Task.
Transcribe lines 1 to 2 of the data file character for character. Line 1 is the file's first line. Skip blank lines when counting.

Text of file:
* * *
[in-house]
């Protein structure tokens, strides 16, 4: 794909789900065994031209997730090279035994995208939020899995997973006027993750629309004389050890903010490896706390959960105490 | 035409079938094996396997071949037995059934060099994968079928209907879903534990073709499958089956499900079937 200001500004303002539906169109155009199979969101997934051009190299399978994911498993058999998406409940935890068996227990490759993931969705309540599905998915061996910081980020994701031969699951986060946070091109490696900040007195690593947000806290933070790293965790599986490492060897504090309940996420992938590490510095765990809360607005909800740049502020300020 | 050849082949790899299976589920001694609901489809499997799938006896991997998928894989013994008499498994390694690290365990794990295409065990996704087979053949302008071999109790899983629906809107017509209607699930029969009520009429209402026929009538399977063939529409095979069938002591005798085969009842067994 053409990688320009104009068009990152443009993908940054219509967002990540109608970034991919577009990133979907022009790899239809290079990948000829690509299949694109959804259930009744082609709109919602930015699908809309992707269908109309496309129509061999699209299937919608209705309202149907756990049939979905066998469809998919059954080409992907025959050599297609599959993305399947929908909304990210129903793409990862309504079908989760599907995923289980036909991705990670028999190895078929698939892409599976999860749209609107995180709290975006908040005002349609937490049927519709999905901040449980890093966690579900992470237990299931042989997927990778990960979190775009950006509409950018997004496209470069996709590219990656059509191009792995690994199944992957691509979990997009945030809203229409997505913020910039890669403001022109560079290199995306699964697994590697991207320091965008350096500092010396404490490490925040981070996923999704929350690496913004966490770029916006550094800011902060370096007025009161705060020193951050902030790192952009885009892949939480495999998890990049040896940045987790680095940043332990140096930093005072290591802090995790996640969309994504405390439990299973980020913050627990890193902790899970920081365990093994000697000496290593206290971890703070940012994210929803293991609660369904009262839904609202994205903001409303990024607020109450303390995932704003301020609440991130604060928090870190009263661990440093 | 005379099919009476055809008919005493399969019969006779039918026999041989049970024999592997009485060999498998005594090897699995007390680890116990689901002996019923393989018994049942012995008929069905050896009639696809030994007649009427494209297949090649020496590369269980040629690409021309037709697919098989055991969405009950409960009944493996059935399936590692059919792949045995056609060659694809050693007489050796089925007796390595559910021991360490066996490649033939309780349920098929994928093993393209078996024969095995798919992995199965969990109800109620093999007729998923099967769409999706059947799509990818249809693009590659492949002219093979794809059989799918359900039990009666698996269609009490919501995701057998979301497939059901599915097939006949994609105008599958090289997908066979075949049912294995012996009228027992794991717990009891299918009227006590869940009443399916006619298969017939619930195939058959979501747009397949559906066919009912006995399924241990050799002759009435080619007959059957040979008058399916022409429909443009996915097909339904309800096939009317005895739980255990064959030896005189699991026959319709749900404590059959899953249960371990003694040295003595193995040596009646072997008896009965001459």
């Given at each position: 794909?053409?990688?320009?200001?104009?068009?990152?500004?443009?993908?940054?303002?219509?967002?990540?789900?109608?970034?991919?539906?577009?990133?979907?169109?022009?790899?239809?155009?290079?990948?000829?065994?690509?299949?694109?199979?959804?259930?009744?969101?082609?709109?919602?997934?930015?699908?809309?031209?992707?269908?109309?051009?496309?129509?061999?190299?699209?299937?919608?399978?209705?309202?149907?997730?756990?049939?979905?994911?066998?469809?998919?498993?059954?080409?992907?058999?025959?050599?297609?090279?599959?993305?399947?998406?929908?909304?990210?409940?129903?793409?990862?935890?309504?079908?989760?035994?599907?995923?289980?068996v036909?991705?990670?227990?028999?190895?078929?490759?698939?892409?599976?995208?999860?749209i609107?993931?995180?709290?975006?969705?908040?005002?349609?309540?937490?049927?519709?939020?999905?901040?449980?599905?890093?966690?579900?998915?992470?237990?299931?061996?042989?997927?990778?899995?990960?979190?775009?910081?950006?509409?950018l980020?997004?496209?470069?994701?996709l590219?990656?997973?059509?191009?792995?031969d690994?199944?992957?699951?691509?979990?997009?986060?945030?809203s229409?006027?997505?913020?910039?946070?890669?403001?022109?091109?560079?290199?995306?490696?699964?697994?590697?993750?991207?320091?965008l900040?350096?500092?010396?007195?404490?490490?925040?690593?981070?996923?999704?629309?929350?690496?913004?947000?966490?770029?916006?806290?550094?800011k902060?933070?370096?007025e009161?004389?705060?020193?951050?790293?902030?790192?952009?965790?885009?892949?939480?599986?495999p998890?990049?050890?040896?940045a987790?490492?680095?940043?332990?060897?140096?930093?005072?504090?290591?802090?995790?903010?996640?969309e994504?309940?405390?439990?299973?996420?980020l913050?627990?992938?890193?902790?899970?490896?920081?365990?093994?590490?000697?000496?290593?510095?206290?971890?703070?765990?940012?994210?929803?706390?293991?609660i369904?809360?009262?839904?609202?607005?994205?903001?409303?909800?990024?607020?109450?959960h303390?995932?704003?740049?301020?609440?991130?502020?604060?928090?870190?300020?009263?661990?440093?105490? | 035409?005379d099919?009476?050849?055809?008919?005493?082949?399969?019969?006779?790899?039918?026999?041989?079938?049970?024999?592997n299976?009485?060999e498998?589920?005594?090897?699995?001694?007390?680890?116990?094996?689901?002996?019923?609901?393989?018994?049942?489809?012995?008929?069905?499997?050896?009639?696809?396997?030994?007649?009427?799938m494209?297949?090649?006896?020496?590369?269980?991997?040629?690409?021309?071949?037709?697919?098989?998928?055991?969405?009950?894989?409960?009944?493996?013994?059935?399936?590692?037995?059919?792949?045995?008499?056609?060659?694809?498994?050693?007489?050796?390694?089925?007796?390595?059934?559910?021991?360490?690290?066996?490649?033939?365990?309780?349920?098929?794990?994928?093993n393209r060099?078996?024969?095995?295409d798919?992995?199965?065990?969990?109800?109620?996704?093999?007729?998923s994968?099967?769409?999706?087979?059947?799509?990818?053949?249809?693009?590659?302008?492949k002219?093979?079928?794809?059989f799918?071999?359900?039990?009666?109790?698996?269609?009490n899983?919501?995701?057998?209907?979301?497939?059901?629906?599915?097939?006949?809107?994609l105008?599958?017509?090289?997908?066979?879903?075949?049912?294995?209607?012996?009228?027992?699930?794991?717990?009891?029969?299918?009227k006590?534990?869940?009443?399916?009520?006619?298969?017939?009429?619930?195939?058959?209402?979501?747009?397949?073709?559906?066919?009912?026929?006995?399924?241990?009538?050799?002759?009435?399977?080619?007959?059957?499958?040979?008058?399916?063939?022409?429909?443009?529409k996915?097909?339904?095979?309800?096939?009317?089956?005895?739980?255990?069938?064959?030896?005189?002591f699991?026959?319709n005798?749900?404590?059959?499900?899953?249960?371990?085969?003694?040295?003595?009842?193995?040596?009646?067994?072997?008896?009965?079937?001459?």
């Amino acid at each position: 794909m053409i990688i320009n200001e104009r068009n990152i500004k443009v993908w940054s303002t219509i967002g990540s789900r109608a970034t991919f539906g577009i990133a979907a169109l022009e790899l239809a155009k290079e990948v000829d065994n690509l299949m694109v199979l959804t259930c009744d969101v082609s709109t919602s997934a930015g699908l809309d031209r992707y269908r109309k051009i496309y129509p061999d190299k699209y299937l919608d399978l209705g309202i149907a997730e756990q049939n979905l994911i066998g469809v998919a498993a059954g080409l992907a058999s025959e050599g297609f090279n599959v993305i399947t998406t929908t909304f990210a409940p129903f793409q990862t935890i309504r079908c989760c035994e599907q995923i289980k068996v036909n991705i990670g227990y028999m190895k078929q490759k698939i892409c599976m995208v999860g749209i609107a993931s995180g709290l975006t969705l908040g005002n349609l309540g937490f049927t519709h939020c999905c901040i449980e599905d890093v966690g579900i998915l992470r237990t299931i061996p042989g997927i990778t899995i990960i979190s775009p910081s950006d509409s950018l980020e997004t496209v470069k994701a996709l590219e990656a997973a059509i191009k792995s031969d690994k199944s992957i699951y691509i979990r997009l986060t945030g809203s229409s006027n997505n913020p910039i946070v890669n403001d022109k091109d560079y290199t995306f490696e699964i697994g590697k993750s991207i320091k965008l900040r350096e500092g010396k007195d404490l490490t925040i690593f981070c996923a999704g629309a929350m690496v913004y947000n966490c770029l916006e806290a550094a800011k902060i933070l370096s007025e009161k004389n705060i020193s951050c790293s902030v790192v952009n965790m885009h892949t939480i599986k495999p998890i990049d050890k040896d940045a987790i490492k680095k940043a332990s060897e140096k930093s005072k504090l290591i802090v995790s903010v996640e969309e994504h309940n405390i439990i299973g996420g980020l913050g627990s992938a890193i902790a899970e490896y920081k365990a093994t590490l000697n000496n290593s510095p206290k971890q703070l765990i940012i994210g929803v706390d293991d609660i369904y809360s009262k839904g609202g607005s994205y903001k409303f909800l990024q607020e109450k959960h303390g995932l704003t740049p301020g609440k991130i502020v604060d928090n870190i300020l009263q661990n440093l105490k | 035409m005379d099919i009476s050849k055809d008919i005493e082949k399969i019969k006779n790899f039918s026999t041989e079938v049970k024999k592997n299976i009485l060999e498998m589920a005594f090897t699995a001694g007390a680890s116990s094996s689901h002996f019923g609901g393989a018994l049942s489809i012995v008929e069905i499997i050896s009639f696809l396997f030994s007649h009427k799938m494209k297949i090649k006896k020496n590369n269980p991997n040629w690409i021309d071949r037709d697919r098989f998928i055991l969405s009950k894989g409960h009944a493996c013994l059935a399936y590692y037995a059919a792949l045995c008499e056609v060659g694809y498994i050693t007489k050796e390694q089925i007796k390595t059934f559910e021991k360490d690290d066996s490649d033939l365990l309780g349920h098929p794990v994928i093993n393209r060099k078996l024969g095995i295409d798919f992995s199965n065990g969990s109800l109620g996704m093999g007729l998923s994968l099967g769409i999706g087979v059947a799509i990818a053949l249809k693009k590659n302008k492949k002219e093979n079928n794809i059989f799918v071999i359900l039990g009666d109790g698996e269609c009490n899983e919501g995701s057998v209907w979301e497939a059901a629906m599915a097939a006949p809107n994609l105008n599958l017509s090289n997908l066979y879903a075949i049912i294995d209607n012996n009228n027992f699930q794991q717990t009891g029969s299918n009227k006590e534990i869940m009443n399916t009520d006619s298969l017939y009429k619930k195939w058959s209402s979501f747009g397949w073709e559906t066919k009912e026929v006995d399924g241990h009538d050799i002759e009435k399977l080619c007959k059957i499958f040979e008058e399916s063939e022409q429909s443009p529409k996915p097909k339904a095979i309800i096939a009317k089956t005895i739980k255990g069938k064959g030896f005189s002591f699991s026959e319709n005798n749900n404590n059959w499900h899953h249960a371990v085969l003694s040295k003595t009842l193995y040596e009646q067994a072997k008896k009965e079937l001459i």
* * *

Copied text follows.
[in-house]
């Protein structure tokens, strides 16, 4: 794909789900065994031209997730090279035994995208939020899995997973006027993750629309004389050890903010490896706390959960105490 | 035409079938094996396997071949037995059934060099994968079928209907879903534990073709499958089956499900079937 200001500004303002539906169109155009199979969101997934051009190299399978994911498993058999998406409940935890068996227990490759993931969705309540599905998915061996910081980020994701031969699951986060946070091109490696900040007195690593947000806290933070790293965790599986490492060897504090309940996420992938590490510095765990809360607005909800740049502020300020 | 050849082949790899299976589920001694609901489809499997799938006896991997998928894989013994008499498994390694690290365990794990295409065990996704087979053949302008071999109790899983629906809107017509209607699930029969009520009429209402026929009538399977063939529409095979069938002591005798085969009842067994 053409990688320009104009068009990152443009993908940054219509967002990540109608970034991919577009990133979907022009790899239809290079990948000829690509299949694109959804259930009744082609709109919602930015699908809309992707269908109309496309129509061999699209299937919608209705309202149907756990049939979905066998469809998919059954080409992907025959050599297609599959993305399947929908909304990210129903793409990862309504079908989760599907995923289980036909991705990670028999190895078929698939892409599976999860749209609107995180709290975006908040005002349609937490049927519709999905901040449980890093966690579900992470237990299931042989997927990778990960979190775009950006509409950018997004496209470069996709590219990656059509191009792995690994199944992957691509979990997009945030809203229409997505913020910039890669403001022109560079290199995306699964697994590697991207320091965008350096500092010396404490490490925040981070996923999704929350690496913004966490770029916006550094800011902060370096007025009161705060020193951050902030790192952009885009892949939480495999998890990049040896940045987790680095940043332990140096930093005072290591802090995790996640969309994504405390439990299973980020913050627990890193902790899970920081365990093994000697000496290593206290971890703070940012994210929803293991609660369904009262839904609202994205903001409303990024607020109450303390995932704003301020609440991130604060928090870190009263661990440093 | 005379099919009476055809008919005493399969019969006779039918026999041989049970024999592997009485060999498998005594090897699995007390680890116990689901002996019923393989018994049942012995008929069905050896009639696809030994007649009427494209297949090649020496590369269980040629690409021309037709697919098989055991969405009950409960009944493996059935399936590692059919792949045995056609060659694809050693007489050796089925007796390595559910021991360490066996490649033939309780349920098929994928093993393209078996024969095995798919992995199965969990109800109620093999007729998923099967769409999706059947799509990818249809693009590659492949002219093979794809059989799918359900039990009666698996269609009490919501995701057998979301497939059901599915097939006949994609105008599958090289997908066979075949049912294995012996009228027992794991717990009891299918009227006590869940009443399916006619298969017939619930195939058959979501747009397949559906066919009912006995399924241990050799002759009435080619007959059957040979008058399916022409429909443009996915097909339904309800096939009317005895739980255990064959030896005189699991026959319709749900404590059959899953249960371990003694040295003595193995040596009646072997008896009965001459």